• Software: The key to successful performance is the software that runs on the computer and analyzes the images. Software is the only component that cannot be considered a commodity and often is a vendor’s most important intellectual property.

Machine Vision Goals

The goals can be divided into the following from a technical point of view:

Strategic Goal  Applications
Higher quality Inspection, measurement, gauging, and assembly verification
Increased productivity Repetitive tasks formerly done manually are now done by the System
Production flexibility Measurement and gauging / Robot guidance / Prior operation verification
Less machine downtime and reduced setup time Changeovers programmed in advance
More complete information and tighter process control Manual tasks can now provide computer data feedback
Lower capital equipment costs Adding vision to a machine improves its performance, avoids obsolescence
Lower production costs One vision system vs. many people / Detection of flaws early in the process
Scrap rate reduction Inspection, measurement, and gauging
Inventory control Optical Character Recognition and Identification
Reduced floor space Vision system vs. operator


[1] “Machine Vision Introduction”, Version 2.2, December 2006, SICK IVP, available online at: www.sickivp.com

[2] Bill Silver, Cognex, “An Introduction to Machine Vision a Tutorial”, available online at: https://www.evaluationengineering.com/an-introduction-to-machine-vision-a-tutorial

[3] “Introduction to Machine Vision: A guide to automating process & quality improvements”, available online at: www.cognex.com

[4] David Phillips, “Machine vision: a survey”, Western CEDAR, 2008.

What is Template Matching in Object Recognition

Template matching is one of the areas of profound interest in recent times. It has turned out to be a revolution in computer vision. Template Matching is a high-level machine vision technique that identifies the parts on an image that match a predefined template. Advanced template matching algorithms allow us to find occurrences of the template regardless of their orientation and local brightness. Template Matching techniques are flexible and relatively straightforward to use, which makes them one of the most popular methods of object localization. Their applicability is limited mostly by the available computational power, as identification of big and complex templates can be time-consuming.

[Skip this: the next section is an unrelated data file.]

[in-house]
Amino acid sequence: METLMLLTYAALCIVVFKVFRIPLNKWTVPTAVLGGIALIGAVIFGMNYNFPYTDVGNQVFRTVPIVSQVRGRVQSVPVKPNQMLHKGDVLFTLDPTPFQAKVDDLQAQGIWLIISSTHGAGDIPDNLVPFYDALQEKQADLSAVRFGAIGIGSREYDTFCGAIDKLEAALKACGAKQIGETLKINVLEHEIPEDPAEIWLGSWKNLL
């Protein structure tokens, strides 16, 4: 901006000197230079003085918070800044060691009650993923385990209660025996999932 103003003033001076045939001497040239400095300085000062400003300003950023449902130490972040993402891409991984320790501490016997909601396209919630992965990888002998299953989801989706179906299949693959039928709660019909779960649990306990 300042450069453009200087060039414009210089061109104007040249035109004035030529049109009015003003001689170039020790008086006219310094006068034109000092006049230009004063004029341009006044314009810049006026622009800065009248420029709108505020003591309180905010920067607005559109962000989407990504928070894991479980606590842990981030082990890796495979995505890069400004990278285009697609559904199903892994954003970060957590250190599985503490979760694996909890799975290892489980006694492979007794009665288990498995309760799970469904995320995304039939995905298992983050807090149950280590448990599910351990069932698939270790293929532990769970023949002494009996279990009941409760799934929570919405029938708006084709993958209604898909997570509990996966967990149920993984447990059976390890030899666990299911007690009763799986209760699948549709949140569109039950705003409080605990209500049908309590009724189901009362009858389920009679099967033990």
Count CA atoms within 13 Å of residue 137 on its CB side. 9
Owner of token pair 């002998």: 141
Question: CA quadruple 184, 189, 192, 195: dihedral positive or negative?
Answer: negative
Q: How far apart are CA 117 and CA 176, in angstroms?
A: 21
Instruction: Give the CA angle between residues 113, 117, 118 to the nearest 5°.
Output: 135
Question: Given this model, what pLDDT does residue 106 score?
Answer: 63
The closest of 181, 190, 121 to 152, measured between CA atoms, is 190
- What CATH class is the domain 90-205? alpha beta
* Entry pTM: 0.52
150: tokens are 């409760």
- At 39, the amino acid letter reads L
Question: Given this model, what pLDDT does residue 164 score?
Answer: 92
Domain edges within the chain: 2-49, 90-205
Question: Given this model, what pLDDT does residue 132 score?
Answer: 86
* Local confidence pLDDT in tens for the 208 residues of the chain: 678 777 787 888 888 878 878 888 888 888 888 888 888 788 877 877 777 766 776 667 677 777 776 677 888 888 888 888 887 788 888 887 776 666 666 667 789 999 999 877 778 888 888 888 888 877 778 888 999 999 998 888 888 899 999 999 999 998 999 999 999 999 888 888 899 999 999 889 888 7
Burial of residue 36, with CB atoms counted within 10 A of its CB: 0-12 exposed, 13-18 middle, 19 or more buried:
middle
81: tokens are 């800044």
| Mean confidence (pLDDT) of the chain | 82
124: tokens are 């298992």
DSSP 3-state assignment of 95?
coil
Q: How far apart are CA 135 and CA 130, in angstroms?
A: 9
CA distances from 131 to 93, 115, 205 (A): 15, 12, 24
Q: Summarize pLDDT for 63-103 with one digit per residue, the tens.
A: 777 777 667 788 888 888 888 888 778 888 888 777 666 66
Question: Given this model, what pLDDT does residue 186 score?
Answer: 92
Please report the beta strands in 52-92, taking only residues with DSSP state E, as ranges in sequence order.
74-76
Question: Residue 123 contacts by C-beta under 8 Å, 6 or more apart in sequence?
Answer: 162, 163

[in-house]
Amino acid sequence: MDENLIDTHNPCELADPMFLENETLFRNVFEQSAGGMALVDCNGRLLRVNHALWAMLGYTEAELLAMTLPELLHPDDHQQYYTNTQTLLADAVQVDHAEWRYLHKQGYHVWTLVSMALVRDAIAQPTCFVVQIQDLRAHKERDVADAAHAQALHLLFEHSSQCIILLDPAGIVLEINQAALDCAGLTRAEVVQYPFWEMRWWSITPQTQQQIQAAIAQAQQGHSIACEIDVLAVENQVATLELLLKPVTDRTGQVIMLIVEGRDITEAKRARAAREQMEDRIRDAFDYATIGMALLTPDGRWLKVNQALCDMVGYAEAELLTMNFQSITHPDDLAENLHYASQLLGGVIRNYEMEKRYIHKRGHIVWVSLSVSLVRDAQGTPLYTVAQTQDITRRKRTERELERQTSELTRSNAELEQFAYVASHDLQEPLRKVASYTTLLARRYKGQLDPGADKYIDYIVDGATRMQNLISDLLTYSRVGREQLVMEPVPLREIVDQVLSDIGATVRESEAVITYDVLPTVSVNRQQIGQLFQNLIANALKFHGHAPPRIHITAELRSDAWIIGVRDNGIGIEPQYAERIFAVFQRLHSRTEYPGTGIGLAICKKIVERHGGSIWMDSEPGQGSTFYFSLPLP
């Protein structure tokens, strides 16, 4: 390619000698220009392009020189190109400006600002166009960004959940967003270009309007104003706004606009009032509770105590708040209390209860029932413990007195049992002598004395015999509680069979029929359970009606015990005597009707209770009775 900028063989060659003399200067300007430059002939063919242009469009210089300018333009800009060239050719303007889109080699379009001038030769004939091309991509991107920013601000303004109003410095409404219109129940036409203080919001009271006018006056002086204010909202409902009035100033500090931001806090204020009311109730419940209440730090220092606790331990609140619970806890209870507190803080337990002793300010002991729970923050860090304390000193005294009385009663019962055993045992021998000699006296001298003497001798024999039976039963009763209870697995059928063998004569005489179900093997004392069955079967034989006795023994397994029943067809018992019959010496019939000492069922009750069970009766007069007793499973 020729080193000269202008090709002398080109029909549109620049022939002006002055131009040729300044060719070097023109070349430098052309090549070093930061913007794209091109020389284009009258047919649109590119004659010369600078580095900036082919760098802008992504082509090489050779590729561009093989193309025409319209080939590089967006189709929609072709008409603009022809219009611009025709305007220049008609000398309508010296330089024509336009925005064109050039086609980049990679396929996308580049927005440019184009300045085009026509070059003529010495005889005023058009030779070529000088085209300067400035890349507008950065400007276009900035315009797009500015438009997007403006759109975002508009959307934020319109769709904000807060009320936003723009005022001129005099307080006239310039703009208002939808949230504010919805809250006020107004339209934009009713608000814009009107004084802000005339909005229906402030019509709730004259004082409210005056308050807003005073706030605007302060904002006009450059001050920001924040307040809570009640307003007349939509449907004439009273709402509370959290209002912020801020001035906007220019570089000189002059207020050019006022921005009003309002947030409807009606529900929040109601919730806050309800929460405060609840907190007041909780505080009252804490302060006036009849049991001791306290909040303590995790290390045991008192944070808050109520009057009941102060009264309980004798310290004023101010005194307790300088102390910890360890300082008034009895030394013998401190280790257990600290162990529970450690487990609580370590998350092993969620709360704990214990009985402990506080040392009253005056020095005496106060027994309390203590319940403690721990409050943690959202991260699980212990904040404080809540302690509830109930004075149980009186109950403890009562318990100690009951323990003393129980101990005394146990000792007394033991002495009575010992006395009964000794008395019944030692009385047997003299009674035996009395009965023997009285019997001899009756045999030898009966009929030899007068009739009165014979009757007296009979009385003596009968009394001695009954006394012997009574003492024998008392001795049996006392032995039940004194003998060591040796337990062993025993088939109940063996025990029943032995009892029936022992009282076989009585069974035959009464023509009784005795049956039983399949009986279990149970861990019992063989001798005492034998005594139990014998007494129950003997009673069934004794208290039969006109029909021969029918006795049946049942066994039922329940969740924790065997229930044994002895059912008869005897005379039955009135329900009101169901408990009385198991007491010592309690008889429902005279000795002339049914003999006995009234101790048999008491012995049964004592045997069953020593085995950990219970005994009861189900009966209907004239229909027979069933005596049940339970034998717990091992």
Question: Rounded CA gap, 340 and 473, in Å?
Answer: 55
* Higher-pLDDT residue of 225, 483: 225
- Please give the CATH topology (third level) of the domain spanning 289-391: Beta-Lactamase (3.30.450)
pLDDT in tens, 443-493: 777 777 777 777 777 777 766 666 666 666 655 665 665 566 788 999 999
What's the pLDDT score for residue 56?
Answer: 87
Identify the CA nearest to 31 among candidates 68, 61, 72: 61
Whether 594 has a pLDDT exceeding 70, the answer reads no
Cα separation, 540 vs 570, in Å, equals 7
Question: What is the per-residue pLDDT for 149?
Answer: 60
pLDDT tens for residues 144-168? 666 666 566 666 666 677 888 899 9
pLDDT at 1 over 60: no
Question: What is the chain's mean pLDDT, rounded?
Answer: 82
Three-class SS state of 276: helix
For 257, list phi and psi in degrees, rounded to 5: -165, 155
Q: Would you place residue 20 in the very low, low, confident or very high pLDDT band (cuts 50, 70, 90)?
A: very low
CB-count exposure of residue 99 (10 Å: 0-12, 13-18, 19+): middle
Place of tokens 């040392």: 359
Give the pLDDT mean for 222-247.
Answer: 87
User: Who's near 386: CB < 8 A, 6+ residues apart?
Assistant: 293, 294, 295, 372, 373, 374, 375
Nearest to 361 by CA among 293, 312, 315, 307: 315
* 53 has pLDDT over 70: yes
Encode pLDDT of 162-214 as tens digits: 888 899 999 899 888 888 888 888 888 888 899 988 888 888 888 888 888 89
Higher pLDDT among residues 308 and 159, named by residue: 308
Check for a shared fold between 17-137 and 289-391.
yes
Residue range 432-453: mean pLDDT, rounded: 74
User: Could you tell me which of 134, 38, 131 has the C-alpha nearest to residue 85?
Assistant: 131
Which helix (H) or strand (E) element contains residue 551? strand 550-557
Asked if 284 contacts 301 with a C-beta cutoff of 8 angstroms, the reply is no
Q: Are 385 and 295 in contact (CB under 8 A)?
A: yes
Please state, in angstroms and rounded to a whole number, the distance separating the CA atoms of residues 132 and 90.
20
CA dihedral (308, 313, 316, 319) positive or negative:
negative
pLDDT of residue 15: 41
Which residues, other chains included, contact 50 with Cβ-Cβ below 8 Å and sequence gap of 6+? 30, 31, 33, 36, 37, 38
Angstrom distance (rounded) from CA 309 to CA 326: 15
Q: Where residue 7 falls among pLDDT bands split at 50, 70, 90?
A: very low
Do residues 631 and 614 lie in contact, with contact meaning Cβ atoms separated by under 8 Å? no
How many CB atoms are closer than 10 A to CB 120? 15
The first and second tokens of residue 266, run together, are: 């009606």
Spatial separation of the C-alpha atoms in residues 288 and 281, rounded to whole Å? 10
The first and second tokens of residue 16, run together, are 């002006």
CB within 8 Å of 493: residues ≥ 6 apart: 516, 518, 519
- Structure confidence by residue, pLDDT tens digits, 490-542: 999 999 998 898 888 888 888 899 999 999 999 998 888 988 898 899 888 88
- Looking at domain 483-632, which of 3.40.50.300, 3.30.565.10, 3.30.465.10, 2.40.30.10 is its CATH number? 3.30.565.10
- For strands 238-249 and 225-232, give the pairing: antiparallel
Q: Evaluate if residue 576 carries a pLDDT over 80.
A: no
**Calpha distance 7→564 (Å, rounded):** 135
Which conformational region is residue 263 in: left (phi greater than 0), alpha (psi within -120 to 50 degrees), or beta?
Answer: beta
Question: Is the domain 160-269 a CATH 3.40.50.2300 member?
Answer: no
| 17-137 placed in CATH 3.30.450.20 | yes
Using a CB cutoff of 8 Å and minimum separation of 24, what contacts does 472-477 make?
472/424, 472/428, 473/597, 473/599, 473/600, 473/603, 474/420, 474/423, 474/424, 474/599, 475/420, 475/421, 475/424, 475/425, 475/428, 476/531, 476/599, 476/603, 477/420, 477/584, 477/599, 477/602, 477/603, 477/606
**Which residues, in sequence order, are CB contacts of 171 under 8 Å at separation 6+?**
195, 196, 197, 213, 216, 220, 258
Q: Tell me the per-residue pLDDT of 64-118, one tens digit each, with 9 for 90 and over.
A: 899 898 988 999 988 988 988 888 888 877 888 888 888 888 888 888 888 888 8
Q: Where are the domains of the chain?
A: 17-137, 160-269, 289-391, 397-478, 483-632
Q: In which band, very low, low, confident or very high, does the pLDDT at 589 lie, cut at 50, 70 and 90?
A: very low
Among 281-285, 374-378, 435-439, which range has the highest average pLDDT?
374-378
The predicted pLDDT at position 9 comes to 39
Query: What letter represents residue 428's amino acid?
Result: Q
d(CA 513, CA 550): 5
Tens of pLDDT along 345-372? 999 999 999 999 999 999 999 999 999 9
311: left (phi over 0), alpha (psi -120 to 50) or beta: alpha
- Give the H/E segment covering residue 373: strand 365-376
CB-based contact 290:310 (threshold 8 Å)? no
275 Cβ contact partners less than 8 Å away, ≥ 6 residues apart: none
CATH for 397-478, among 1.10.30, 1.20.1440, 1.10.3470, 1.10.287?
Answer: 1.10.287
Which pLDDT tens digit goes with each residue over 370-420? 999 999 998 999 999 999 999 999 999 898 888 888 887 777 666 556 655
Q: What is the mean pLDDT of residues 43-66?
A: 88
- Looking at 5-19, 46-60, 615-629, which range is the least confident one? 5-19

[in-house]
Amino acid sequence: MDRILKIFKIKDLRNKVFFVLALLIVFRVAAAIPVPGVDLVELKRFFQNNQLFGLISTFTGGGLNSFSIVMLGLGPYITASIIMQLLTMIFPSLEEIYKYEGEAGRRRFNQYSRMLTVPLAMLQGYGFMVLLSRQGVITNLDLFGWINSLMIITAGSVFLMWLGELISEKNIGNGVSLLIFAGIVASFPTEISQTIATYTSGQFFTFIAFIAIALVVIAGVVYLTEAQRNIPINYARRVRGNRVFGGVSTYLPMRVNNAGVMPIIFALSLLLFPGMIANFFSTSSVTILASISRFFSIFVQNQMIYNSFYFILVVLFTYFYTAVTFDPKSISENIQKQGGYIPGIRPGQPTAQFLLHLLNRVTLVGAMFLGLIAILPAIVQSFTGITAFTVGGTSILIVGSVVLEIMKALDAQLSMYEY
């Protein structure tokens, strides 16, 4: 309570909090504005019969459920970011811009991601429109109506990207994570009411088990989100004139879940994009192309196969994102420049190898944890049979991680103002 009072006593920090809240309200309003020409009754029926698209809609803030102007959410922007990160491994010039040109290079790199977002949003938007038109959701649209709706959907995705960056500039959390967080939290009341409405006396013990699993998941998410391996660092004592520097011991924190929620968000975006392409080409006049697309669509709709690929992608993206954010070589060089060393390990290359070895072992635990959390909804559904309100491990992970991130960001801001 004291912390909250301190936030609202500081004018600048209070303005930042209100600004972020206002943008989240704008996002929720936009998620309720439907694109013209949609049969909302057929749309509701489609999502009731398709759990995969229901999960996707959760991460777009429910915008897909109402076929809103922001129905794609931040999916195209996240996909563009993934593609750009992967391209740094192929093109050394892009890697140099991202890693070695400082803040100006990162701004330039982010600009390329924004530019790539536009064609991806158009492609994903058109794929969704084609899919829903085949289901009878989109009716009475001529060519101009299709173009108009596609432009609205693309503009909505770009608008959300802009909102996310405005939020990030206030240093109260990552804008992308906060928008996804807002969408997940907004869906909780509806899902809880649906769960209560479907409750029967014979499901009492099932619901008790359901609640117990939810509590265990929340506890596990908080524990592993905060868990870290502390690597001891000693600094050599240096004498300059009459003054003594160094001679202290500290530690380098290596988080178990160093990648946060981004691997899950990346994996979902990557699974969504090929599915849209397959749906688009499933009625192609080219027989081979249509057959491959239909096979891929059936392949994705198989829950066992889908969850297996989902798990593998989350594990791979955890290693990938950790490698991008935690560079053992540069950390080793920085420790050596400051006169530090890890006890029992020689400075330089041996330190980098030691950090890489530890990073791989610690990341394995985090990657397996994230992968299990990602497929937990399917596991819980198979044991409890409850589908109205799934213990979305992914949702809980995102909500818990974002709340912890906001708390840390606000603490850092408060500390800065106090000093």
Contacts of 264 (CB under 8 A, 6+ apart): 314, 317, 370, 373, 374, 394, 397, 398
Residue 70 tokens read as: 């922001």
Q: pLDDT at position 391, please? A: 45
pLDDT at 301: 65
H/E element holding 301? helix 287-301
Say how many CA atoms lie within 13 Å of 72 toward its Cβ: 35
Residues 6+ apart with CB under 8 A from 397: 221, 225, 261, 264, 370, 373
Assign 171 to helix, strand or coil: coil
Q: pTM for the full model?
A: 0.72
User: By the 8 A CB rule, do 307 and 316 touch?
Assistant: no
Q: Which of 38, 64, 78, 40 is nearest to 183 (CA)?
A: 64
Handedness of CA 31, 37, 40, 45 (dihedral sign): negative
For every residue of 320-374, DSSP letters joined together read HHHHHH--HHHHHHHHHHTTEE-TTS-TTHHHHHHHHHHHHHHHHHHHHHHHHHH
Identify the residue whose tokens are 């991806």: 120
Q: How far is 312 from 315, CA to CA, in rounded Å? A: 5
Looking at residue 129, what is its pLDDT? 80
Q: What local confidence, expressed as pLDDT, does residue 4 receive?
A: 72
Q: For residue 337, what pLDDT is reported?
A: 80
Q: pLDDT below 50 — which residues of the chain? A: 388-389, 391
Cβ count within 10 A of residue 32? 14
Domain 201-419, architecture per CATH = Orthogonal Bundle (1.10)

What is it?

It is a technique used in classifying an object by comparing portions of images with another image. One of the important techniques in Digital image processing is template matching. Templates are usually employed to print characters, identify numbers and other simple objects. It can be used for the detection of edges in figures, in manufacturing as a part of quality control, and as a means to navigate a mobile robot.

Figure 1: Example of Template Matching

Figure 1 depicts an example of it. It is a strategy for discovering zones of an image, which match (are indistinguishable) a template image (patch). We require 2 crucial segments. We need two vital segments:

  • Source image (I): The picture inside which we are hoping to find out a match to the template image.
  • Template image (T): The patch image that can be compared to the template image and our objective is to discover the most effective technique for the best matching region. The matching technique not solely takes the similarity measure however it computes the inaccuracy among images reckoning on the difference by means of Mean Squared Error (MSE) metric.

Figure 2 Real-world application

Template Matching Approaches

General categorizations of template or image matching approaches are Featured-based approach and Template or Area based approach:

  • Featured-based approach: The Featured-based method is appropriate while both reference and template images have more connection with regard to features and control points. The features comprise points, a surface model which needs to be matched, and curves. At this point, the goal is to position the pairwise association amongst reference and layout pictures using their spatial relations or descriptors of components.
  • Template-based approach: Template-based template matching approach could probably require sampling of a huge quantity of points, it is possible to cut back the number of sampling points by diminishing the resolution of the search and template images via the same factor and performing an operation on the resulting downsized images (multiresolution, or Pyramid (image processing)), providing a search window of data points inside the search image in order that the template doesn’t have to be compelled to look for each possible data point and the mixture of the two.